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Good for People and good for business: Paying the real Living Wage is the right thing to do.

Kim Healey, People Director at one of only six Living Wage accredited football clubs in the Premier League, Everton FC, on why HR professionals should consider paying a real Living Wage as a key part of any HR strategy.

As rising living costs fill our headlines, the need to be paid a wage based on the real cost of living is increasingly urgent for workers. And at a time when so many are re-evaluating the way they live and work, there’s never been a better opportunity for HR professionals to recognise that paying the real Living Wage is good for the welfare of businesses, as well as that of employees. 

The real Living Wage – the only independently calculated wage rate based on everyday needs – increased this week to £9.90 in the UK and £11.05 in London. It is different from the government’s ‘National Living Wage’, which rises to £9.50 from April 2022 and is set at a proportion of average national income rather than living costs. The real Living wage is also paid voluntarily to all directly employed and sub-contracted staff by a movement of nearly 9,000 employers across the UK, having accredited with the Living Wage Foundation.

Having been at Everton since the start of our Living Wage journey, I’ve seen the benefits that accrediting with the Living Wage Foundation can offer first-hand. According to Cardiff Business School’s a survey of thousands of Living Wage Employers, an overwhelming 85% found that paying the higher rate to their lowest paid staff improved their reputation as responsible employers – Everton’s experienced has mirrored this trend. As a result of our accreditation, we received national recognition for our ethical employment practices when Everton was included in The Sunday Times 100 Best Companies to Work For 2018 (a status we have retained in each of the years since) and received an accreditation from Best Companies.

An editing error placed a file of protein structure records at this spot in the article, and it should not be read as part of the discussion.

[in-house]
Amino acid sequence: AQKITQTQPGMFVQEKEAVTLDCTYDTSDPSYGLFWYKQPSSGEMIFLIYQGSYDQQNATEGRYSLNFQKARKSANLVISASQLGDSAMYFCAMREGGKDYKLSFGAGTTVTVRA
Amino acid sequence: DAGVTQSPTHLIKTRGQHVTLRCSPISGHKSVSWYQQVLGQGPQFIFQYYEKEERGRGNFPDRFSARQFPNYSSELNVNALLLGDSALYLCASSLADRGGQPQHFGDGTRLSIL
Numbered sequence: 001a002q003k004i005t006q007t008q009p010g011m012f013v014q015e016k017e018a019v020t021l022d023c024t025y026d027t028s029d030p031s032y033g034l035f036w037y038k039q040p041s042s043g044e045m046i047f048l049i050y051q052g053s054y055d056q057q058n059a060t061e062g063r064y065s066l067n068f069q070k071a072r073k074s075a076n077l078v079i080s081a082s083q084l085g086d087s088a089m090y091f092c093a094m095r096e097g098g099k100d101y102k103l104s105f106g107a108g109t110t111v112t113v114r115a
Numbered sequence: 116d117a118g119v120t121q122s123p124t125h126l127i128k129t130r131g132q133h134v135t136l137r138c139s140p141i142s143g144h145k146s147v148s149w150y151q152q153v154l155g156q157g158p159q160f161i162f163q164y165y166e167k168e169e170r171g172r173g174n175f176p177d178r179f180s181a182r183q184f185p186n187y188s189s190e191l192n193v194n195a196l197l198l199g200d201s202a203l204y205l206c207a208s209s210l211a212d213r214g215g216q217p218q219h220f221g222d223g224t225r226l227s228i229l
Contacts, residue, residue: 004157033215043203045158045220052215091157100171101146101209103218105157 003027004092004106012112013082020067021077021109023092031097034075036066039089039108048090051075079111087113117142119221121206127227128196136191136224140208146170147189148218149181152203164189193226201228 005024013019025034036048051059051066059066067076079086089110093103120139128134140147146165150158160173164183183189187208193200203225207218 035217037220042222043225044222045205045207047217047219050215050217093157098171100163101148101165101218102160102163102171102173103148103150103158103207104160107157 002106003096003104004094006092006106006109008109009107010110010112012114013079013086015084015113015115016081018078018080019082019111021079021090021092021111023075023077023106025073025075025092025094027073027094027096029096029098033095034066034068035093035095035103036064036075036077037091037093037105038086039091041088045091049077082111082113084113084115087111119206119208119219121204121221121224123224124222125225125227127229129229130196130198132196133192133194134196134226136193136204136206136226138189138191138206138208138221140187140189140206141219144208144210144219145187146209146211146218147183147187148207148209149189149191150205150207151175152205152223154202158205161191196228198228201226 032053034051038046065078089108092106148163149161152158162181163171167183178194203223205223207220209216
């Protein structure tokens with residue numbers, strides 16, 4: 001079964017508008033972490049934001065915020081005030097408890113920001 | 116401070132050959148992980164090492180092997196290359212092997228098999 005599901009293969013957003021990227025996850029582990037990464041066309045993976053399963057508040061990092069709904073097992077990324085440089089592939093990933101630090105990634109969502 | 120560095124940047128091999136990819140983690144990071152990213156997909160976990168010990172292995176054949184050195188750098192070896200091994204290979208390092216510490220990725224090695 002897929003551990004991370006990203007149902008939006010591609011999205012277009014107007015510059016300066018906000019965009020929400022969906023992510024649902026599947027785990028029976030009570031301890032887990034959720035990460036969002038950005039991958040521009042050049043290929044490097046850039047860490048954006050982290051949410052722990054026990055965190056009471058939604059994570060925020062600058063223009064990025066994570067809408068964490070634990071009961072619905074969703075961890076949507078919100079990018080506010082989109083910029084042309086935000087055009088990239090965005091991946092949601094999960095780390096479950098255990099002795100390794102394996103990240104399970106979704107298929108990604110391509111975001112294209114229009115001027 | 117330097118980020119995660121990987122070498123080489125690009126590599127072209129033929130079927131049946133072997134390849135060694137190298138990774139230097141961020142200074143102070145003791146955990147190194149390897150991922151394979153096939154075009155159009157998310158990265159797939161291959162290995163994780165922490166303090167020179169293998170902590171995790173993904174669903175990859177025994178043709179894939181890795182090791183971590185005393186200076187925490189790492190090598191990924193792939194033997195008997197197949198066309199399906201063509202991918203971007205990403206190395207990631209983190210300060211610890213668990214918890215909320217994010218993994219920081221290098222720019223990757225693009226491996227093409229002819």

In addition to its reputational benefits, paying the Living Wage has also formed an important part of our wider People strategy. As with all HR teams, one of our key aims has been to unite the organisation so that we can push forwards towards a shared vision, together. To that end, not only does paying a wage designed to cover everyday needs ensure that staff at the bottom end of our pay scale feel valued and cared for by their employer, the Living Wage embeds the ethical practices of our Club in the local community, as 75 percent of staff make their homes in the local area. There are few measures better for team cohesion that making sure that workers and their families can meet their everyday needs.

It should be unsurprising that nearly 2/3rds of Living Wage Employers report improved retention rates as a consequence of paying the real Living Wage. Life on low pay is hard, as polling by the Living Wage Foundation makes shockingly clear. 46 percent of full-time workers earning below the real Living Wage say their low pay negatively impacts their levels of anxiety, while 29 percent are falling behind on their bills. Low pay also harms entire families, with over a quarter (27 percent) of parents working full time earning below the Living Wage forced to skip meals due to financial constraints. Why stick around for an employer that isn’t paying you what you need to get by?

The statistics are clear. Not only is paying the Living Wage is the right thing to do for workers and society, being a Living Wage Employer is an asset to any organisation. From reputation to retention rates, from worker satisfaction to security, the Living Wage helps employers thrive. Not accredited? Why not take the first step on your Living Wage journey, and become a Living Wage Employer today

23rd November 2021
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